Implementing a student and academic friendly approach to these problems required a multi-faceted approach. With respect to Adobe Connect, it was rightly determined that a tighter structure and increased clarity around student participation was required, and that lessening the offered meetings from once a week for each cohort (Australia and Canada) to once a fortnight would lead to richer conversation and engagement and be more efficient for the academic to manage. These changes saw increased engagement and participation in the fortnightly meetings. The academic was however, still determined to maintain a teacher presence in the ‘in between’ weeks and was keen to utilise technology that facilitated asynchronous engagement between teachers and peers and the content. Flipgrid was the preferred approach and was utilised to act as the platform for students to listen to short insights from the academic and other students about the weekly readings, or to reflect upon wider themes relating to the nursing profession. In addition to Adobe Connect and Flipgrid, the discussion forum was also utilised extensively, with regular responses provided to student questions. In addition, CSU Replay was also deployed for longer ‘lecture’ style content. Lastly, and in direct response to the challenges of significant time zone differences, the academic also maintained a Virtual ‘open door policy’ on Skype, which she utilised as her virtual office, where students understood they could communicate with the academic as required, with the skype status update simply set to indicate to students when they might expect a reply.


ETL523 Digital Citizenship in Schools

Teaching Staff

Julie Lindsay


Having a discussion forum, regardless of designed efficacy and teacher responsiveness, is often not enough to capture student engagement and foster ongoing motivation for learning. Development of a multimodal approach provides for both synchronous and asynchronous interactions within Interact 2 (i2) and can extend this into engaging use of other external educational technologies.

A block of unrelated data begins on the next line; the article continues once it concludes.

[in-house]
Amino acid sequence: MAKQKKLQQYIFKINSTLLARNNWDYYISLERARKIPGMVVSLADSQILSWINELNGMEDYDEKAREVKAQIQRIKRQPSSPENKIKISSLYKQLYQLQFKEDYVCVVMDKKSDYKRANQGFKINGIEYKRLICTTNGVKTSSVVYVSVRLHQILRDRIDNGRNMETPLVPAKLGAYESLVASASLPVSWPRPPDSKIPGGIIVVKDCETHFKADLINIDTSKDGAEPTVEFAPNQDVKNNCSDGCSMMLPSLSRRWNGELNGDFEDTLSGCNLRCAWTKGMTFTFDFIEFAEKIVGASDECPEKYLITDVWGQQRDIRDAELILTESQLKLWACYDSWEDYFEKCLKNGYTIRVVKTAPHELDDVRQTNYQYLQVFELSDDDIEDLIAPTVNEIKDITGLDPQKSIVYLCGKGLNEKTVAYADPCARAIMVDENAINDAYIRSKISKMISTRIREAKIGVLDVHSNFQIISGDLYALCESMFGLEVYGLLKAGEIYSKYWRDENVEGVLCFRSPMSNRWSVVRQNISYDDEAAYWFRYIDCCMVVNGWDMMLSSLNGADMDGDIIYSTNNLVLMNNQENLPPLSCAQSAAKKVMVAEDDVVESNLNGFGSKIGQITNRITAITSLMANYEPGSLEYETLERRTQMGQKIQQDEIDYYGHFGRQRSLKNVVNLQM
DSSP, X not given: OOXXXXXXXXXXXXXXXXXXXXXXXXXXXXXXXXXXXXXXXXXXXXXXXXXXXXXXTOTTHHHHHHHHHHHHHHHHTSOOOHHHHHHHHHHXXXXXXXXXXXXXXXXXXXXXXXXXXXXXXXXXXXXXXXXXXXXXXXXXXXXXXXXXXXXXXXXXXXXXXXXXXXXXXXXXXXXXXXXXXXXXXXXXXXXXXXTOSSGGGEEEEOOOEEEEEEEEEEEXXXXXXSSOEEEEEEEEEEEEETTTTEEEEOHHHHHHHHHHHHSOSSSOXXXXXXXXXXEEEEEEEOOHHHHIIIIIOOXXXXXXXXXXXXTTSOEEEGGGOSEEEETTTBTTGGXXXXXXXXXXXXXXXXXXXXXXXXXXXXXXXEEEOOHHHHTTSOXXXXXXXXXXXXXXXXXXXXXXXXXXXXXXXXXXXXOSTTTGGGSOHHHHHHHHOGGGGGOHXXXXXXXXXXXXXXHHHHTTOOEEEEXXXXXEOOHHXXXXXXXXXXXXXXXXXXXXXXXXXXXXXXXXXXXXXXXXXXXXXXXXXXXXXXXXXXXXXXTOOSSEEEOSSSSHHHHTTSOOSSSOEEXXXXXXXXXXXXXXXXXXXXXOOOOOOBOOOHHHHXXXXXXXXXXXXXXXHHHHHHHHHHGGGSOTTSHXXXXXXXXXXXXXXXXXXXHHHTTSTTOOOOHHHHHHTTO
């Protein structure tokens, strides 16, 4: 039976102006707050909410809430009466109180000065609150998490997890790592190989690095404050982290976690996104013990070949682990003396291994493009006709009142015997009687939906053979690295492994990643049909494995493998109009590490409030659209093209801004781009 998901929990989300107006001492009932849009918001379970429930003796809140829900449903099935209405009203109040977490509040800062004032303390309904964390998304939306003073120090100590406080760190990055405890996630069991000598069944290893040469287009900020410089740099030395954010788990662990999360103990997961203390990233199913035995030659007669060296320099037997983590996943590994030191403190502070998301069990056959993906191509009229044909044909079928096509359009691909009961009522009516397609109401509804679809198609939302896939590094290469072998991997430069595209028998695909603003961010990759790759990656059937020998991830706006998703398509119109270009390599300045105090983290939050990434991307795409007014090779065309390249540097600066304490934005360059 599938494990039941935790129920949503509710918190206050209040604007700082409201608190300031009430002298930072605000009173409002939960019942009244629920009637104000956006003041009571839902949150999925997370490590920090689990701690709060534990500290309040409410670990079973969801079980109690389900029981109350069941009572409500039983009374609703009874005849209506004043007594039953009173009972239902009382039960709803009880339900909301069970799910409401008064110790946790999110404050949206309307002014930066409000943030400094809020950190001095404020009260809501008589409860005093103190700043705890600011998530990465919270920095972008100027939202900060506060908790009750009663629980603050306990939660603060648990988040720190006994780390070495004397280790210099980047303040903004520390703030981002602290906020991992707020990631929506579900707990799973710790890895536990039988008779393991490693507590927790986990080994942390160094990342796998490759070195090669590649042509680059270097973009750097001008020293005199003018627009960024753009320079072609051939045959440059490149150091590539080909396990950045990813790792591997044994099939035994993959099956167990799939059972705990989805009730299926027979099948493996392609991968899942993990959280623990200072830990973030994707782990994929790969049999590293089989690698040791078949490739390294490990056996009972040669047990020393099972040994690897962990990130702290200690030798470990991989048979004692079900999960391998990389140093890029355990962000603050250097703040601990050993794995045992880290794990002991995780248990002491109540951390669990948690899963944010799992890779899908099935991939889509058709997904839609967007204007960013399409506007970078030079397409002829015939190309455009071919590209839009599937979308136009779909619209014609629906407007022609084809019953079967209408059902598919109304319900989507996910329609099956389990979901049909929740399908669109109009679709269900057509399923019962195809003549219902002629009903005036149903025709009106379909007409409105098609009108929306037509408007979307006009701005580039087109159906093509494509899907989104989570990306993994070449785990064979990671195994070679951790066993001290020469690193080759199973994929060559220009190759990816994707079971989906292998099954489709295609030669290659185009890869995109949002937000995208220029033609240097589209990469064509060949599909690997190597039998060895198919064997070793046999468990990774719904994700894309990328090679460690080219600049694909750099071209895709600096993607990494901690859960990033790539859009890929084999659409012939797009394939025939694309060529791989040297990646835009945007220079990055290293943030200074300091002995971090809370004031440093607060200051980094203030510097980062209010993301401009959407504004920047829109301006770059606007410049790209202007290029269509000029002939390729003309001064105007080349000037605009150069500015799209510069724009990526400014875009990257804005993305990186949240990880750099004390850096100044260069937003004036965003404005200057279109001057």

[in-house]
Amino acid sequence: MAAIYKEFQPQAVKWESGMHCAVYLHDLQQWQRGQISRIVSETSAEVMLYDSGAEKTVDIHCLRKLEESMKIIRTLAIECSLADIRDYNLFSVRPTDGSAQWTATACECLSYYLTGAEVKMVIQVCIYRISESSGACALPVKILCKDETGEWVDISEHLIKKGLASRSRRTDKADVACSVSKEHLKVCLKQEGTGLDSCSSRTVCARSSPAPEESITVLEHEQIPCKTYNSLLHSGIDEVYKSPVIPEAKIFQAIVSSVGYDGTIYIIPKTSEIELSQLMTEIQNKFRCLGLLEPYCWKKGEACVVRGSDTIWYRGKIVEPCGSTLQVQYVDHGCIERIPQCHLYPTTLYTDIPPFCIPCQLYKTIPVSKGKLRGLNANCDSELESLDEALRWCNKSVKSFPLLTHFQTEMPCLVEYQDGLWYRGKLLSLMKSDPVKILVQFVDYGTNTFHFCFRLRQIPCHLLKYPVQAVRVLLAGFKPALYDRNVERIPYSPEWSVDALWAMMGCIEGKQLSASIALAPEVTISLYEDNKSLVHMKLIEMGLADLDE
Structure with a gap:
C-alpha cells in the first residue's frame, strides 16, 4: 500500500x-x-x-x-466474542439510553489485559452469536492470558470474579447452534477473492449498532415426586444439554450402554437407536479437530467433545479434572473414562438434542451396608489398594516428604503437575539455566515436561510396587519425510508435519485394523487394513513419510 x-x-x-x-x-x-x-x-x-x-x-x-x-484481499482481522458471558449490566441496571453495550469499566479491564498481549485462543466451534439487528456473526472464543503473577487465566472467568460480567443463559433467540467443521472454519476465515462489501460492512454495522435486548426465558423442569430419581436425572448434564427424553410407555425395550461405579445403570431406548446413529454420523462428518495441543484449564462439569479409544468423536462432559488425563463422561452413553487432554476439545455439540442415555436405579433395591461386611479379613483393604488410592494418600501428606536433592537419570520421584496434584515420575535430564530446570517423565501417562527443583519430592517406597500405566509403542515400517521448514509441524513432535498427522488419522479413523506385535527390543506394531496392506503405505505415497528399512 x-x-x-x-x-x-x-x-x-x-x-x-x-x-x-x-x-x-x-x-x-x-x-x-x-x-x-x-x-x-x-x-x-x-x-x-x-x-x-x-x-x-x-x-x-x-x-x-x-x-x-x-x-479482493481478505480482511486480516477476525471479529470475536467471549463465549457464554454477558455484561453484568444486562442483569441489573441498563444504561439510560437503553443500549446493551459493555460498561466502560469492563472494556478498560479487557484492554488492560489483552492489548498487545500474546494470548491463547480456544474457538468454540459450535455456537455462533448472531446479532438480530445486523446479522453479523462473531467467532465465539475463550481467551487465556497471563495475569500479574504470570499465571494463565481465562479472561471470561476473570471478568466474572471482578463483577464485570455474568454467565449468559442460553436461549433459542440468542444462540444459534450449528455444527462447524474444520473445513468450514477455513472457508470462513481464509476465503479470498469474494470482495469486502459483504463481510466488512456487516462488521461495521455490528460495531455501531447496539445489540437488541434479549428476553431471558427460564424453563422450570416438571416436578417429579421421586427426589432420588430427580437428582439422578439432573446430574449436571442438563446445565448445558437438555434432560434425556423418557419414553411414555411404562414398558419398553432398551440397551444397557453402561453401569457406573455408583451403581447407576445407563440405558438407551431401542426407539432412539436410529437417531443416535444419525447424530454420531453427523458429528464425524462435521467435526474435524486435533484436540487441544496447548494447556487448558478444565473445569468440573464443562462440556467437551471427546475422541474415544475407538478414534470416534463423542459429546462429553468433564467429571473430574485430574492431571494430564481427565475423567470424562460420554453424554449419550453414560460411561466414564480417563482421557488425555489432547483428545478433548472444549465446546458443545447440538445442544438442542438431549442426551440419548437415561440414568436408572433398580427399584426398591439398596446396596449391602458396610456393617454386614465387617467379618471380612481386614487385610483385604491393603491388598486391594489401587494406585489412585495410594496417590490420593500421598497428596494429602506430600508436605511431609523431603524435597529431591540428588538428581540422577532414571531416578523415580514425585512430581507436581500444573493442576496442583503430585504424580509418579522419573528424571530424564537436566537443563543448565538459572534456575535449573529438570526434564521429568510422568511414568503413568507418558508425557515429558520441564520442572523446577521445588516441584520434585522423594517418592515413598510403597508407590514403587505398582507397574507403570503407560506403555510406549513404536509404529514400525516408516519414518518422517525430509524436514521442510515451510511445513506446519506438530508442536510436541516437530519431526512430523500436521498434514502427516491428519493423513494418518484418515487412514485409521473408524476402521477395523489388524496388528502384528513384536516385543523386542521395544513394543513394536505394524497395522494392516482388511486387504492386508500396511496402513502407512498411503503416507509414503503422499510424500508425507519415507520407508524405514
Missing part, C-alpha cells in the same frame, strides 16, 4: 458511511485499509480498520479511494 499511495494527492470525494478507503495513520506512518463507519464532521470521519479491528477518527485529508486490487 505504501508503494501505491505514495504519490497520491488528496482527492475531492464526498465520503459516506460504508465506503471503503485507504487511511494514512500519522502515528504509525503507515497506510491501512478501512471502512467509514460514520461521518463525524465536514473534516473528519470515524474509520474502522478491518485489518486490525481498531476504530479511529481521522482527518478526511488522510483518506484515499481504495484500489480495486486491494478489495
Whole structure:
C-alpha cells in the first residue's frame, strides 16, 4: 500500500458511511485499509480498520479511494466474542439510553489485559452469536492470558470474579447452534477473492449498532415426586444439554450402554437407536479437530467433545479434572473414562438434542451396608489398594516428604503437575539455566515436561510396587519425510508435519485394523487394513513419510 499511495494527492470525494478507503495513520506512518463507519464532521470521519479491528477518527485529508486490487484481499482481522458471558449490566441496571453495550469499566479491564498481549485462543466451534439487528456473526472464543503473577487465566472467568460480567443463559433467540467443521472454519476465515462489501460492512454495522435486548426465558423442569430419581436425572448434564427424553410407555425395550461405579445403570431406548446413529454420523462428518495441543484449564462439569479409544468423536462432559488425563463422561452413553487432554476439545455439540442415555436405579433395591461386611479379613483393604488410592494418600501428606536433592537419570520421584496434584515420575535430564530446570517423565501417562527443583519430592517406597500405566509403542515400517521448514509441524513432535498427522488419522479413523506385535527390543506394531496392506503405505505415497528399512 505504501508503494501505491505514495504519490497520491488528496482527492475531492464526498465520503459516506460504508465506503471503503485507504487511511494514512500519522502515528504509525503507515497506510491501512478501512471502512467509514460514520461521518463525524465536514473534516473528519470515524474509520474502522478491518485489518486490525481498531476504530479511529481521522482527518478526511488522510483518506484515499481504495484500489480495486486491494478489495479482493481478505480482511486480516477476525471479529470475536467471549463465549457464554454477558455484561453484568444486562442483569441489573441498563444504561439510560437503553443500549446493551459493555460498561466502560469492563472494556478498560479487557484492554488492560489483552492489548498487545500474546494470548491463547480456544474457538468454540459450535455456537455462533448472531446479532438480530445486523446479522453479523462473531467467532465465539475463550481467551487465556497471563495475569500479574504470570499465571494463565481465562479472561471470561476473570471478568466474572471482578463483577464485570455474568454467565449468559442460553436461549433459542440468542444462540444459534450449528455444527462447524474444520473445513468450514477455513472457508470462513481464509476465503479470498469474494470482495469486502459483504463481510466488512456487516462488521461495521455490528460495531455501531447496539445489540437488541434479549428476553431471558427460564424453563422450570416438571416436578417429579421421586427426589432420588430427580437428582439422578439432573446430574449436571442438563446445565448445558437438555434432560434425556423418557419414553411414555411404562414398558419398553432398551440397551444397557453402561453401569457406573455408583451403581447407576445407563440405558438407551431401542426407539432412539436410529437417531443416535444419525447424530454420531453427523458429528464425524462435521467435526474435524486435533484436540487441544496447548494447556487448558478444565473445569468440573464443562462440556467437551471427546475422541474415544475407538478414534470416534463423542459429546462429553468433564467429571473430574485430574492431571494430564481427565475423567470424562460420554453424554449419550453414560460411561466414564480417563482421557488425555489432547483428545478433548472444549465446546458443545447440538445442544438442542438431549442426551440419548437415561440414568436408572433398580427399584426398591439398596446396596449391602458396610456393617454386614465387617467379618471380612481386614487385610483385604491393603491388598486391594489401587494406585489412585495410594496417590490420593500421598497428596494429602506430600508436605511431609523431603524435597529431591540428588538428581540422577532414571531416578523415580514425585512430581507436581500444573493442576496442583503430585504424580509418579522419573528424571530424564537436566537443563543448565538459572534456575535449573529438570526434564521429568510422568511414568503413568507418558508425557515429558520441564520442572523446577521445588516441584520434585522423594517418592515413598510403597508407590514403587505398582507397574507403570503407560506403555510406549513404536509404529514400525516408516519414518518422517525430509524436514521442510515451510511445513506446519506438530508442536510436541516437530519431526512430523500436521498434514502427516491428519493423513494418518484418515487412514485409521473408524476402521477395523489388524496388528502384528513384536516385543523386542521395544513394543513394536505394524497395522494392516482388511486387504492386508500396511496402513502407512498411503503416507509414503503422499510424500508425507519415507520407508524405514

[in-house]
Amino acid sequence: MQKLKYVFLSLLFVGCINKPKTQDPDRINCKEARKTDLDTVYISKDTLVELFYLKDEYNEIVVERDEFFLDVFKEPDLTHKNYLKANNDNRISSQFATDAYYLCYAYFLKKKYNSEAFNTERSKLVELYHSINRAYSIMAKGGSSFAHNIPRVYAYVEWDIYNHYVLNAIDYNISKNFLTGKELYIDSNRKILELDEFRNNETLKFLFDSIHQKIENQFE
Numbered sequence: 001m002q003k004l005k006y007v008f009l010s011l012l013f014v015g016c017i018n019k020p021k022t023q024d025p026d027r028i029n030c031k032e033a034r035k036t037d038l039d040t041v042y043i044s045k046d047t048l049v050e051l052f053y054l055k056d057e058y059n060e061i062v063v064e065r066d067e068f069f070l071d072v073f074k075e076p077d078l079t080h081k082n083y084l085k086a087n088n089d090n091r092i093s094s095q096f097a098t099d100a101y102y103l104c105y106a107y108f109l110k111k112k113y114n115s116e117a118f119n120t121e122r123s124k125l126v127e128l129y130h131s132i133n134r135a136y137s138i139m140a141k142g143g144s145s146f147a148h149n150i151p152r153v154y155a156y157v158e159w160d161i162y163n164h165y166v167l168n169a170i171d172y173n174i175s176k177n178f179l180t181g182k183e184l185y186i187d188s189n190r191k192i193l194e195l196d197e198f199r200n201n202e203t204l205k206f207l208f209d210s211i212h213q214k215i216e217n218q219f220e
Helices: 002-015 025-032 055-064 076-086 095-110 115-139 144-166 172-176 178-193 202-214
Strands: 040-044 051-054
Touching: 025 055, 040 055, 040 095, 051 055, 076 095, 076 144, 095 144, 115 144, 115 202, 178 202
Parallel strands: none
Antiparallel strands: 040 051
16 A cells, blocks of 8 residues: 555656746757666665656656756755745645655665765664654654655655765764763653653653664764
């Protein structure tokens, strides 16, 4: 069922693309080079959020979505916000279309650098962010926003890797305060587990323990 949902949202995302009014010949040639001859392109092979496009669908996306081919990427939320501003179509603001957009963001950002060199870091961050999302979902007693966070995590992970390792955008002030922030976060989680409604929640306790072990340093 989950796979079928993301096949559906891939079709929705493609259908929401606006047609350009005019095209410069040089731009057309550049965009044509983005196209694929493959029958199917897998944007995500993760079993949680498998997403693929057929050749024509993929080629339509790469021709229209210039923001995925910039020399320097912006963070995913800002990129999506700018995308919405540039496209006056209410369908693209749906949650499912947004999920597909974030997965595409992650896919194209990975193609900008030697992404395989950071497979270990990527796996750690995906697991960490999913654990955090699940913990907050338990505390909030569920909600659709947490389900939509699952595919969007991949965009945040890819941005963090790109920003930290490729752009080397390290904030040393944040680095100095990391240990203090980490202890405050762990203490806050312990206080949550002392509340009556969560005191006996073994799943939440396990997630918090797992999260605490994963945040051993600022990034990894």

In ETL523 teacher presence is fostered through the use of an informative landing page and clear navigation design; the consistent use of announcements; discussion forum design and implementation; online meetings using Adobe Connect; and additional online communication tools such as Twitter, Padlet and Diigo. This multimodal approach provides a scaffold for establishing a strong teacher identity and effective, reliable and regular communication. It also amplifies teacher to student interaction through the many choices and opportunities provided to students for interacting with each other and with the teacher.


The key to adopting a multi-modal teacher presence is to define the purpose of each form of communication, become familiar with technology tools commonly used within and beyond i2, and consider how to use all tools to engage students in different scenarios such as using mobile technology, on campus and online, and using social media. Given the vast number of tools available to utilise for online teaching and learning, a key to successful multimodal teaching is concentrating on the following questions:


There is a virtually limitless range of tools available to create a multimodal approach to teaching and learning, both supported by CSU as well as tools from the wider environment.

Supported tools include

External tools, including but not limited to:

Additional Resources

Bilgiç, H. G., Doğan, D., & Seferoğlu, S. S. (2016). Digital Natives in Online Learning Environments: New Bottle Old Wine – The Design of Online Learning Environments for Today’s Generation. In M. Pinheiro, & D. Simões (Eds.), Handbook of Research on Engaging Digital Natives in Higher Education Settings (pp. 192-221). Hershey, PA: IGI Global. doi:10.4018/978-1-5225-0039-1.ch009

Sankey, M., Birch, D., & Gardner, M. (2010). Engaging students through multimodal learning environments: The journey continues. Paper submitted to the 2010 Ascilite Conference, Sydney. Retrieved from Ascilite Proceedings